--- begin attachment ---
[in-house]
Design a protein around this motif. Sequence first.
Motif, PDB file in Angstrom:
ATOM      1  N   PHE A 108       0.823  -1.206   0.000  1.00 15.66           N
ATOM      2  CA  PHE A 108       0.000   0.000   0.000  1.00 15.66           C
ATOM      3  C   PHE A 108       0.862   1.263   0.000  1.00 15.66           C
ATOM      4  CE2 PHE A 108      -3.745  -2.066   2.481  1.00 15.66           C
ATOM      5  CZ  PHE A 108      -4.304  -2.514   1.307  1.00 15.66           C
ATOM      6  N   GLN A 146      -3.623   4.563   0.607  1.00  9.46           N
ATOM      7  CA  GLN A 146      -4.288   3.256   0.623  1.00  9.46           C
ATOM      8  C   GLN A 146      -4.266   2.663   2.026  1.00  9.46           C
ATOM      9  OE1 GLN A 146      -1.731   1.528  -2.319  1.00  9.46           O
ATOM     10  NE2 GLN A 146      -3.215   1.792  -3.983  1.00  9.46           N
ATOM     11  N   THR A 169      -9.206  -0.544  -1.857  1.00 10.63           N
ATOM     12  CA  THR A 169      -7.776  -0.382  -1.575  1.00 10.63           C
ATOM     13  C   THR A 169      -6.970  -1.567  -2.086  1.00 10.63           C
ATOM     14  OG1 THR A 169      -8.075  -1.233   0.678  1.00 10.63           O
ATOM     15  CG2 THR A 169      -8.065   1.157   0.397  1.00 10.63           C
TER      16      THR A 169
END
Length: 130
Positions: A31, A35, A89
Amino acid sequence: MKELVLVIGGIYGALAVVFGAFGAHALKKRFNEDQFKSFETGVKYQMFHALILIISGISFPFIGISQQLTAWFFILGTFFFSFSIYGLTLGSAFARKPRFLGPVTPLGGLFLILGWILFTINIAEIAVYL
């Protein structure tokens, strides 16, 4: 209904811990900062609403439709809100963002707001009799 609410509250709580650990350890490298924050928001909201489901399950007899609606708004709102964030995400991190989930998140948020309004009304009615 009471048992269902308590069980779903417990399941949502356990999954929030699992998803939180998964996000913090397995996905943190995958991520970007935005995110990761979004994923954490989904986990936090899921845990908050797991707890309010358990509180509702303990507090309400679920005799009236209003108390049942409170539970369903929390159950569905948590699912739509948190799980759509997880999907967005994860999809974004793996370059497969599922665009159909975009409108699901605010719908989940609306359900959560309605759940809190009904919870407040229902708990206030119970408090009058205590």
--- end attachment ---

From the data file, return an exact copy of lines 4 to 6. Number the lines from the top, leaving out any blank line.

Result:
ATOM      1  N   PHE A 108       0.823  -1.206   0.000  1.00 15.66           N
ATOM      2  CA  PHE A 108       0.000   0.000   0.000  1.00 15.66           C
ATOM      3  C   PHE A 108       0.862   1.263   0.000  1.00 15.66           C